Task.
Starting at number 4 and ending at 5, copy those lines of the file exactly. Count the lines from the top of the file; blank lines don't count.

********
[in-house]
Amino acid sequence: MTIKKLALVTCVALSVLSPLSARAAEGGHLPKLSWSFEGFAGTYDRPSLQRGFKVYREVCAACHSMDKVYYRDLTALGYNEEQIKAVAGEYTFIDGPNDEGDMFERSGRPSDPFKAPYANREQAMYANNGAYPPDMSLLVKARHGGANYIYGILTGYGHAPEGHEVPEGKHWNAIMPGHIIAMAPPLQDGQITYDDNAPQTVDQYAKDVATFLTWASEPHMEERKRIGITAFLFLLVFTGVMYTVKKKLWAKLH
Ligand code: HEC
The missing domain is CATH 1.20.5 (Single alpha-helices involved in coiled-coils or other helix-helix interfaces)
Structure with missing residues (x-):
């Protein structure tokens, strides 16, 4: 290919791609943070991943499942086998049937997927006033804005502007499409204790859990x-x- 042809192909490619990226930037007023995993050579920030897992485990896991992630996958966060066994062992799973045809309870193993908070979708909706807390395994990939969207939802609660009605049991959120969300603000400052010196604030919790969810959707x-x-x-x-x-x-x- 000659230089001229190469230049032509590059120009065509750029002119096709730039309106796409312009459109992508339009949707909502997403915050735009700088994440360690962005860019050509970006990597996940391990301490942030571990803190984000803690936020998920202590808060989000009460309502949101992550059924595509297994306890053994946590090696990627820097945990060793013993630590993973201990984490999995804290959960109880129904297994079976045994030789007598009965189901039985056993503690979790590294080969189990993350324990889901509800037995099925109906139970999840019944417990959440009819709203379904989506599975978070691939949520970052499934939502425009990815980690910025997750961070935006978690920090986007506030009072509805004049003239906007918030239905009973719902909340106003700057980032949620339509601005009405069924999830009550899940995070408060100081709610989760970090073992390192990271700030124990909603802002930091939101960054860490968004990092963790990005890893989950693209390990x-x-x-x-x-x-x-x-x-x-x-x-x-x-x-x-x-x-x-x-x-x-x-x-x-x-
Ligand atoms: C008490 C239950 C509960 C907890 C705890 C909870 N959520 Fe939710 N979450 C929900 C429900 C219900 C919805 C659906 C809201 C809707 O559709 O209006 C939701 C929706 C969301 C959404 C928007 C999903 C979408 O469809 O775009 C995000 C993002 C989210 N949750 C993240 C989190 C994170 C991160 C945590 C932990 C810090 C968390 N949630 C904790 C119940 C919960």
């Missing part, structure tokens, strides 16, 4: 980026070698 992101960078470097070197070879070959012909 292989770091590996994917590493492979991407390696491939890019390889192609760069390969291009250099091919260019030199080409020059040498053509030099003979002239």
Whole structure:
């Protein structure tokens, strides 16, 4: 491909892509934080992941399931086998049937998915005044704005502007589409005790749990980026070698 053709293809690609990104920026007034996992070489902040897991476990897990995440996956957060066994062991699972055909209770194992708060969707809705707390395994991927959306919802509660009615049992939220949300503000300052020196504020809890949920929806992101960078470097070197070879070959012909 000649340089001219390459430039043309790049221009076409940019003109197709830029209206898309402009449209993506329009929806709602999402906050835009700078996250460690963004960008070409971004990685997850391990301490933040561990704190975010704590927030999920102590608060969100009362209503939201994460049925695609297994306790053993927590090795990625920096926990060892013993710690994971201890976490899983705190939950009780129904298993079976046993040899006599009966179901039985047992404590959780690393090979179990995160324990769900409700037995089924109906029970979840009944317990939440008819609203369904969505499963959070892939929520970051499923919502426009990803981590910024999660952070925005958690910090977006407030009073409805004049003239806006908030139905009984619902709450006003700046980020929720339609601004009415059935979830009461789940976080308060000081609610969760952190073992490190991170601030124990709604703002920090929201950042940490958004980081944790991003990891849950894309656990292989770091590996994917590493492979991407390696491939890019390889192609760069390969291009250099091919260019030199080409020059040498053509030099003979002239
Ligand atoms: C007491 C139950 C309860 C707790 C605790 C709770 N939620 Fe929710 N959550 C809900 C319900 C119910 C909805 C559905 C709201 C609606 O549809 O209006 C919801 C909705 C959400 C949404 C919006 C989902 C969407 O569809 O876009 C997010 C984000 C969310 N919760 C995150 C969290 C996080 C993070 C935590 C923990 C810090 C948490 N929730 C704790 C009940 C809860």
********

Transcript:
The missing domain is CATH 1.20.5 (Single alpha-helices involved in coiled-coils or other helix-helix interfaces)
Structure with missing residues (x-):